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Renewable Energy Tax Credit News Briefs - April 2017

Reps. Tom Reed, R-N.Y., and Mike Thompson, D-Calif., introduced legislation Feb. 15 that would extend commercial and residential installation tax credits for small wind and other renewable technology through 2021. Those “orphan” technologies were left out of the extensions included in the PATH Act of 2015 and expired at the end of 2016. HR 1090 would provide a retroactive credit of 30 percent that would phase out through the end of 2021. The legislation had 35 cosponsors at press time–22 Republicans and 13 Democrats.


A bill to create a state renewable energy tax credit in Maryland was introduced Feb. 3 by a group of five Democrat state senators. Maryland SB 926 would create a 50 percent credit for brownfield sites and low-income communities and a 35 percent credit elsewhere. The legislation calls for a $5 million cap for business use and a $10,500 cap for residential use, beginning in 2018 and running through the end of 2022. The aggregate cap for the credit would be $125 million for business use and $25 million for residential use. The bill is posted at


On Feb. 9, the Solar Energy Industries Association (SEIA) announced the start of the Midwest State Committee, which will focus on all solar market segments in Illinois, Indiana, Iowa, Michigan, Minnesota, Ohio and Wisconsin. SEIA established the committee in an effort to expand its education and advocacy efforts in the region. The committee will be open to certain levels of membership within SEIA. Greentech Media (GTM) research indicates that the aforementioned states will install more than 1 gigawatt of capacity by 2021, up from 73 megawatts in 2015.


The American Wind Energy Association (AWEA) Feb. 9 released its Fourth Quarter 2016 U.S. Wind Industry Market Report, which states that American wind power achieved its second-strongest quarter for newly installed energy generating capacity. Results indicated that wind power surpassed hydropower dams to become the largest source of renewable electric capacity in the United States and the fourth largest overall. New growth in the fourth quarter included 6,478 megawatts (MWs), which AWEA says is the second-strongest quarter for U.S. wind power installations on record. Wind developers added 82,183 MWs of wind power capacity in 2016. In addition, of the $13.8 billion invested by the U.S. wind industry last year, $10.5 billion was invested in low-income counties.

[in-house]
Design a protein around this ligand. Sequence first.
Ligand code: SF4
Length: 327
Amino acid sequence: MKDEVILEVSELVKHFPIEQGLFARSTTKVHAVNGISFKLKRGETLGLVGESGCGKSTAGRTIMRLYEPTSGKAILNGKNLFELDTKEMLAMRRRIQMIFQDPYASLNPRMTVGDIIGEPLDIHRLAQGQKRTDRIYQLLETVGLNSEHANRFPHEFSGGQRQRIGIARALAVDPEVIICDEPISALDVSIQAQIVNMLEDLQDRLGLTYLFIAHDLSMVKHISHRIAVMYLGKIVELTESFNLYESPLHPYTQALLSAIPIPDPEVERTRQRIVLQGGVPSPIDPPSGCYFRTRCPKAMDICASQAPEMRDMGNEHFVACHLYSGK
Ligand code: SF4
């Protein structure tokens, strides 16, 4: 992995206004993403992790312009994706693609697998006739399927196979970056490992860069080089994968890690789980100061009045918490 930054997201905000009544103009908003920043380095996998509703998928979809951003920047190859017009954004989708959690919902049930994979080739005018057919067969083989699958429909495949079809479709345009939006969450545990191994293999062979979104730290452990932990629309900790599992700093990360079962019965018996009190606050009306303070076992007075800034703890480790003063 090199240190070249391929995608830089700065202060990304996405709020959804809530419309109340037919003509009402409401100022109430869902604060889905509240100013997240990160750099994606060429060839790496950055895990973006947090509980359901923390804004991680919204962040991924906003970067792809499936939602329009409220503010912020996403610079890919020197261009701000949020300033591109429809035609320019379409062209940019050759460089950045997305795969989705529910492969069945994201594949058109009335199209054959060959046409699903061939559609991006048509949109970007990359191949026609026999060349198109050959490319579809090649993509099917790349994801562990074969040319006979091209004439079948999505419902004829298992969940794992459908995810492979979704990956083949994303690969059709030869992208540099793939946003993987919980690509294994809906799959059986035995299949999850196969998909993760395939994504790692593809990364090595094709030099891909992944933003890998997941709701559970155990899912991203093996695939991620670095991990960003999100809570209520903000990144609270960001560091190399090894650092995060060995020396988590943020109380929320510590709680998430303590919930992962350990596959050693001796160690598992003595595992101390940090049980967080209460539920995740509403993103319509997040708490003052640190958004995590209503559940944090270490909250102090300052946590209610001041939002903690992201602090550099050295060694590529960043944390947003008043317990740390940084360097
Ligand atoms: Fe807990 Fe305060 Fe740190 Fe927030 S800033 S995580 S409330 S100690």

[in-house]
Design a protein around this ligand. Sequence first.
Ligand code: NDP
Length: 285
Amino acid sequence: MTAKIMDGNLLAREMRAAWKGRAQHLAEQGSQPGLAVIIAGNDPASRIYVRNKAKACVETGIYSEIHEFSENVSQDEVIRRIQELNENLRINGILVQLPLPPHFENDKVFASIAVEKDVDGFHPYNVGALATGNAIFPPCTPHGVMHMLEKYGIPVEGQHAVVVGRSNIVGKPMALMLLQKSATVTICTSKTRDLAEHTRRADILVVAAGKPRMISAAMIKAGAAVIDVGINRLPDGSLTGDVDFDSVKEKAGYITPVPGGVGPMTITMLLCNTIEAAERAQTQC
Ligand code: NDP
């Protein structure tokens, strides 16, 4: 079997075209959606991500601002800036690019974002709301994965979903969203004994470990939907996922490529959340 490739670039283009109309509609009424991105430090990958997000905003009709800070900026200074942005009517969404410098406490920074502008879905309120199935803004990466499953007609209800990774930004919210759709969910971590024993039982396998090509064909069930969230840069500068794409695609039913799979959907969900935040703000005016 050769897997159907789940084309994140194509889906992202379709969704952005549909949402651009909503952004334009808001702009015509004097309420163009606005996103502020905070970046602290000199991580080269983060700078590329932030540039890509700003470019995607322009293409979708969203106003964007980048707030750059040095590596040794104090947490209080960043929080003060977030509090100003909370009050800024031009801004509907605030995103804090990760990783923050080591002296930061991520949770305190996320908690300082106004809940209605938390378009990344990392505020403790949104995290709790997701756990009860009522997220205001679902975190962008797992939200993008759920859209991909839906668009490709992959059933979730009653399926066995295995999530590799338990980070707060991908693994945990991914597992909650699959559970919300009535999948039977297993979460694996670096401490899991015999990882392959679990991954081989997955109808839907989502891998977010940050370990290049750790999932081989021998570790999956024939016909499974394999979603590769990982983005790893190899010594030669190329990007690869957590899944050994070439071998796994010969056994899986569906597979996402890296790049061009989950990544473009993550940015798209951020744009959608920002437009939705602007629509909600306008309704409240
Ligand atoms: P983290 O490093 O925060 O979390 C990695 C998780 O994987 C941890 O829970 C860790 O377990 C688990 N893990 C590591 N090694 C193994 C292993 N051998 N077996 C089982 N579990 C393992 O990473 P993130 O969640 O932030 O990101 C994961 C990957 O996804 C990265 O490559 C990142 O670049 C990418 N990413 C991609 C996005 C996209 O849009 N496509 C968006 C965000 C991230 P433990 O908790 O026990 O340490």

On Feb. 14, SEIA and Greentech Media (GTM) Research released a preview of its U.S. Solar Market Insight report. SEIA and GTM Research found that 2016 was the biggest year for the United States solar industry, which nearly doubled its annual record. Numbers topped out at 14,626 MWs of solar photovoltaic (PV) installed in 2016, which represents a 95 percent increase over 2015’s record-breaking 7,493 MWs. In addition, the preview showed that the nonresidential market also exceeded expectations with community solar, adding a record total of more than 200 MWs, and rate design and net energy metering, which sparked a rush in project development and installation growth across a number of major state markets. Because of the results of 2016, SEIA stated that the United States is now home to more than 1.3 million solar PV installations with a cumulative capacity of more than 40 gigawatts. At press time, SEIA had not released release the complete U.S. Solar Market Insight 2016 Year in Review. 

Journal Category:

Renewable Energy Tax Credits



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